5 slam-dunk uses for your refund
Tax refunds are up this year, topping $2,500 on average. How will you use yours?
NEW YORK (CNNMoney.com) -- So far this tax season, the average federal tax refund that taxpayers are getting is $2,548.
That's by no means a king's ransom, but it's enough to help you live life as something other than a serf, if you use it well.
For starters, don't think of it as found money. It's not - it's been yours all along. You just ended up overpaying the IRS all year. And don't think Uncle Sam will be paying you any interest even though he's had use of the money for up to 12 months.
But you could think of your refund as forced savings. You've lived all year without the money, so barring any more-immediate emergency needs, you should continue to lock it up but you should make it work for you.
Or it may be that the money would be put to better use dispensing with some or all of your high-rate debt.
In either case, you can do a lot better with your cash than the IRS.
Here are just five ideas as to how:
Fund your IRA
Whether you have a Roth or a traditional IRA, you're allowed to make up to a $4,000 contribution ($5,000 if you're 50 or older) for tax year 2006 through April 17 this year. Or, if you can't make that deadline, you can make your 2007 contribution with it.
Here's a rundown of the key differences between a deductible IRA and a Roth IRA, as well as Money Magazine's best savings strategy.
Fund a 529
Socking money away for a child's college education is one of the harder financial demands of parenthood. But at least in a 529 you may get a tax deduction for your efforts.
Some states offer an income tax deduction to residents for contributions they make to a 529 plan. To see if yours does, visit SavingForCollege.com.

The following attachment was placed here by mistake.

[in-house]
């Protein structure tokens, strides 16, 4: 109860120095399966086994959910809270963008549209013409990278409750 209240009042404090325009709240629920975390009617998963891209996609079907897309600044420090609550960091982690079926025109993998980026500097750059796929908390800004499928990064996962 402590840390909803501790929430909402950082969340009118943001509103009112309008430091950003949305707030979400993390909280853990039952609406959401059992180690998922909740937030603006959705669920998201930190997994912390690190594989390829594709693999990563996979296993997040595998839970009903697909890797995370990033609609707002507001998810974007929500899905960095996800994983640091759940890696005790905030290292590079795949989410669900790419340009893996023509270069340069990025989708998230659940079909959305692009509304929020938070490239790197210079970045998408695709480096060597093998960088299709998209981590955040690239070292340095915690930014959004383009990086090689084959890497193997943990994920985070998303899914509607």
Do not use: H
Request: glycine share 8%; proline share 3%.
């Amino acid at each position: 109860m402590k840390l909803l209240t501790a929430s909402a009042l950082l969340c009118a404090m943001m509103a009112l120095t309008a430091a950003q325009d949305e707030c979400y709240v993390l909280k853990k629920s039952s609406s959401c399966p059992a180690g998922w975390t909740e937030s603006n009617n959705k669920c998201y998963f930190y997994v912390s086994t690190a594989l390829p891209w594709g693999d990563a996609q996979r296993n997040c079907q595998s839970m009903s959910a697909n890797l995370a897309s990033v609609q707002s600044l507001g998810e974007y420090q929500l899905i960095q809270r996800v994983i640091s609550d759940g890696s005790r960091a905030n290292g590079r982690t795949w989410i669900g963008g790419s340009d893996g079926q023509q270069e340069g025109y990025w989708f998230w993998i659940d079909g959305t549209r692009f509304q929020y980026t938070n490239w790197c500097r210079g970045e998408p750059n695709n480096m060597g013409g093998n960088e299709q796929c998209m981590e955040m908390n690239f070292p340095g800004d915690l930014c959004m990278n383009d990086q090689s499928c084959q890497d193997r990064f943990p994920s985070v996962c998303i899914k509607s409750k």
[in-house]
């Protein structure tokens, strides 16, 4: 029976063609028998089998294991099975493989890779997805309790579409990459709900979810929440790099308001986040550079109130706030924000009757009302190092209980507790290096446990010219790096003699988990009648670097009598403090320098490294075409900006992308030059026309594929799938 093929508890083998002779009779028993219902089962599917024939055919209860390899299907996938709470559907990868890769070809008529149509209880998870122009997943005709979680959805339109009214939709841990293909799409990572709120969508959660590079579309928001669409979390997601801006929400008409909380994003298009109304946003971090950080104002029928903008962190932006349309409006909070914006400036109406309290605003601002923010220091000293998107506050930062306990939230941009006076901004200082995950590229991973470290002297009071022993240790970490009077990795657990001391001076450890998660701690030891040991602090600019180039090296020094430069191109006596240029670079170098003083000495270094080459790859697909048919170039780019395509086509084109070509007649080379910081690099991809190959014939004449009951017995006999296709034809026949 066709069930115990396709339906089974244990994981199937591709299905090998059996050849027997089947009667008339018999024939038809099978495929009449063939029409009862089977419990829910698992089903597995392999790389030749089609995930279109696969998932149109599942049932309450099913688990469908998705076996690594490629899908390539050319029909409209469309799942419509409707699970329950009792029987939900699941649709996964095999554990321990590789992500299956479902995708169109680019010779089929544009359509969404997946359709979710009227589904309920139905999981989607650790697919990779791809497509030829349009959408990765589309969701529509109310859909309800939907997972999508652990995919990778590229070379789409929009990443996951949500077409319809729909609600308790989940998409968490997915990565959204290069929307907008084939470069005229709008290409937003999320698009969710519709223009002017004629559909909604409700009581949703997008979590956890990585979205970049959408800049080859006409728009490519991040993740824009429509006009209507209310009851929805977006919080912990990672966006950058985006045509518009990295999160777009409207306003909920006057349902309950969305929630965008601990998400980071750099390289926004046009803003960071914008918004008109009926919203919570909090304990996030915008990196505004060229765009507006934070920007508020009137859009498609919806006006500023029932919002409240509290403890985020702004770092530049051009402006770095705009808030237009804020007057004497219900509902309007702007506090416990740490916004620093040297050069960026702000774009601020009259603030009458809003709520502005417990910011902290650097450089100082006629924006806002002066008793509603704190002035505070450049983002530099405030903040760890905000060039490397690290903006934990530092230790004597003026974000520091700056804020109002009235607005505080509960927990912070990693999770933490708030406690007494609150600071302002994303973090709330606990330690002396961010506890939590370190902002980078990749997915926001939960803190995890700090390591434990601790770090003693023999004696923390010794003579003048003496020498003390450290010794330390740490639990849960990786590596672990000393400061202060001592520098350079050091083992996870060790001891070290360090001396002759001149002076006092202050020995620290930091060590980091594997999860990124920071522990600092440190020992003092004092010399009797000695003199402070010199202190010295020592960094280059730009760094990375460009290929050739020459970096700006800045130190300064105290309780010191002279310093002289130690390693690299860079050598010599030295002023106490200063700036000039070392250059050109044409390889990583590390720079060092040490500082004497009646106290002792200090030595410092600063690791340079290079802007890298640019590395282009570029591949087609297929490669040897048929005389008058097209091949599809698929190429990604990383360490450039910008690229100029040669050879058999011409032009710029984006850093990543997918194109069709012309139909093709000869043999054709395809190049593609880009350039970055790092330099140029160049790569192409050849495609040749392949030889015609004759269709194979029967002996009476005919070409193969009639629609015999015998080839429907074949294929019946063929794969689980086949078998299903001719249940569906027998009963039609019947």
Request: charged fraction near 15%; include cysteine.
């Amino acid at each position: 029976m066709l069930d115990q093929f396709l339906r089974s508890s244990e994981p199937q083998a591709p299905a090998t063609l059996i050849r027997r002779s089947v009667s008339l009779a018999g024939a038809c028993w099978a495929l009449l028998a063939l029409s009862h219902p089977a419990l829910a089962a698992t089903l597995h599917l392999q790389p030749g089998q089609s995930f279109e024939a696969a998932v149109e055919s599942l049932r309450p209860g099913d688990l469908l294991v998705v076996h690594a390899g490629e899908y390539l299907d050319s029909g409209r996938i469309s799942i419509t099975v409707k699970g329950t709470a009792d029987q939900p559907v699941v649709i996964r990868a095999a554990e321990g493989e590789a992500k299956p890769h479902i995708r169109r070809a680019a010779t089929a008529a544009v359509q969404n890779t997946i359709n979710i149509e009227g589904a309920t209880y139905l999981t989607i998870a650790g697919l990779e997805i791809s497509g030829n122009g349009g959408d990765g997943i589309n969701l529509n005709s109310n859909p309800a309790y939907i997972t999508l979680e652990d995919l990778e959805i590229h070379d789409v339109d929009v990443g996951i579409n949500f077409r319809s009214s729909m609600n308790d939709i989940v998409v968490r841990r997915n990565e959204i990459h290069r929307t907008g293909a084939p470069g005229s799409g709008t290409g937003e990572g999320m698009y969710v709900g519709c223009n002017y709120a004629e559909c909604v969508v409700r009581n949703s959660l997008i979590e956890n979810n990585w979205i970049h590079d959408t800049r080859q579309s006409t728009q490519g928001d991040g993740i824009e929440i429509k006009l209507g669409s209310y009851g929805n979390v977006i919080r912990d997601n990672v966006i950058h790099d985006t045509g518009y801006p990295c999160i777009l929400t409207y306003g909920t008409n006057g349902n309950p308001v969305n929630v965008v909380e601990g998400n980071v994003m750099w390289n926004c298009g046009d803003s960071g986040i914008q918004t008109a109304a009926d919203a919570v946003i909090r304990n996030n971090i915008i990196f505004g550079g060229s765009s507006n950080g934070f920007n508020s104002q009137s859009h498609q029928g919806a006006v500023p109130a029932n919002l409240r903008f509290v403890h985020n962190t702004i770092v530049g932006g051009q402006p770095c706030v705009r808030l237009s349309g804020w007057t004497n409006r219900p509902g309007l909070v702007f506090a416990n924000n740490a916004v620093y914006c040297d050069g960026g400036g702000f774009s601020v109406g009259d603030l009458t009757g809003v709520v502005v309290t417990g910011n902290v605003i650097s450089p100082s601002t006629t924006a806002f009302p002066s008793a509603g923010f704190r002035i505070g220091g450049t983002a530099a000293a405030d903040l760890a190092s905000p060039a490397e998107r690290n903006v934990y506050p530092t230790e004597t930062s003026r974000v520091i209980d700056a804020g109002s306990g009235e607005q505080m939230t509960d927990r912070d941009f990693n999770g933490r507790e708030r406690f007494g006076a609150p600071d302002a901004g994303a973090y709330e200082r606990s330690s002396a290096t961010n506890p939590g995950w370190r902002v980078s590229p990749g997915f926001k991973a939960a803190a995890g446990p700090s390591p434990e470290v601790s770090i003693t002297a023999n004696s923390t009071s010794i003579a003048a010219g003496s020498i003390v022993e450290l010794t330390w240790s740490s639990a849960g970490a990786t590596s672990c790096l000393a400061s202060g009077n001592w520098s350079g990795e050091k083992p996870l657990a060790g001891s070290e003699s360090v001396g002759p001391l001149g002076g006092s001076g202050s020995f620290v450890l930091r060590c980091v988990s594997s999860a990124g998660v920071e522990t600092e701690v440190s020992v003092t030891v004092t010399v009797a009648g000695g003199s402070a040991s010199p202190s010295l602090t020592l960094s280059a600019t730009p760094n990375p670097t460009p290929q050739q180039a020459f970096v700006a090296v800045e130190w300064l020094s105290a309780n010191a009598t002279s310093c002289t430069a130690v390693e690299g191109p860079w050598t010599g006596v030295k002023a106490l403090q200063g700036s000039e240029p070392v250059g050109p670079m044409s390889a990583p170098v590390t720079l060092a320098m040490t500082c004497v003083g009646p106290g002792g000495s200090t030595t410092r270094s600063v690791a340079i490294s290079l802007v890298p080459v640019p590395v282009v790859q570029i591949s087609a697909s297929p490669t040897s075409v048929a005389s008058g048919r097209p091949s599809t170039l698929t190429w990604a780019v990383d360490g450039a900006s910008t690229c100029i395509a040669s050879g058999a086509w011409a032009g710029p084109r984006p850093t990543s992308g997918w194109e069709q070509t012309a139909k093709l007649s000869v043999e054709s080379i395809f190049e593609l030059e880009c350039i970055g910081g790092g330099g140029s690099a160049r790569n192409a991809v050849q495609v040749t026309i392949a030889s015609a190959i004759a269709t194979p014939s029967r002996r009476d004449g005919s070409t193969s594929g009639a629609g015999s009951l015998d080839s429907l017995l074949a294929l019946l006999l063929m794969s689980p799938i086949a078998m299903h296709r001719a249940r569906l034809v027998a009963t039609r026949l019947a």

Open a CD
If you're going to need money - say, for a down payment on a home or car - in the next year-and-a-half or two, you might opt to put your refund in a 1-year CD. Rates have been pretty favorable - averaging 5.4 percent of late, which is about double the rate of inflation.
You don't need to just stick with your own bank for one of these, either. There's a lot of competition for your money from banks across the country and from Internet-based banks which are FDIC-insured, meaning you're protected on losses up to $100,000 if anything happens to the bank.
"You can get a substantial difference in yield if you're willing to go out of state," said Greg McBride, senior financial analyst at Bankrate.com.
Check out the Loan Center for a comparison of specific banks' CD rates.
Add to your emergency fund
There's nothing less fun - or harder to save for - than a rainy-day fund worth three months of your expenses to protect you if ever you're laid off or face a large unexpected expense like a broken down car or furnace.
The best place to house your emergency fund: a high-yield savings account. They're slightly different than money market accounts in that they typically don't offer check-writing capabilities, but they also don't limit your number of transactions as money market accounts can, McBride said.
And at least at the moment, some - like Citibank's e-savings account at 4.75 percent or HSBC's DirectEveryday account at a promotional 6.00 percent for new accounts through April 30 and 5.05 percent thereafter - are offering more favorable rates than your basic money market account, which is averaging a 3.7 percent yield.
Reduce your credit card debt
If you're carrying high-rate debt - defined as a rate higher than any rate you're getting on your savings accounts - reducing or eliminating your balance sooner rather than later can save you a bundle long-term.
If you want to put your refund to use in more than one way, the IRS is now offering a split-refund option, which lets you designate up to three accounts at financial institutions into which you want the IRS to direct deposit portions of your refund.
To activate this option you'll need to fill out Form 8888 and send it in along with your tax return.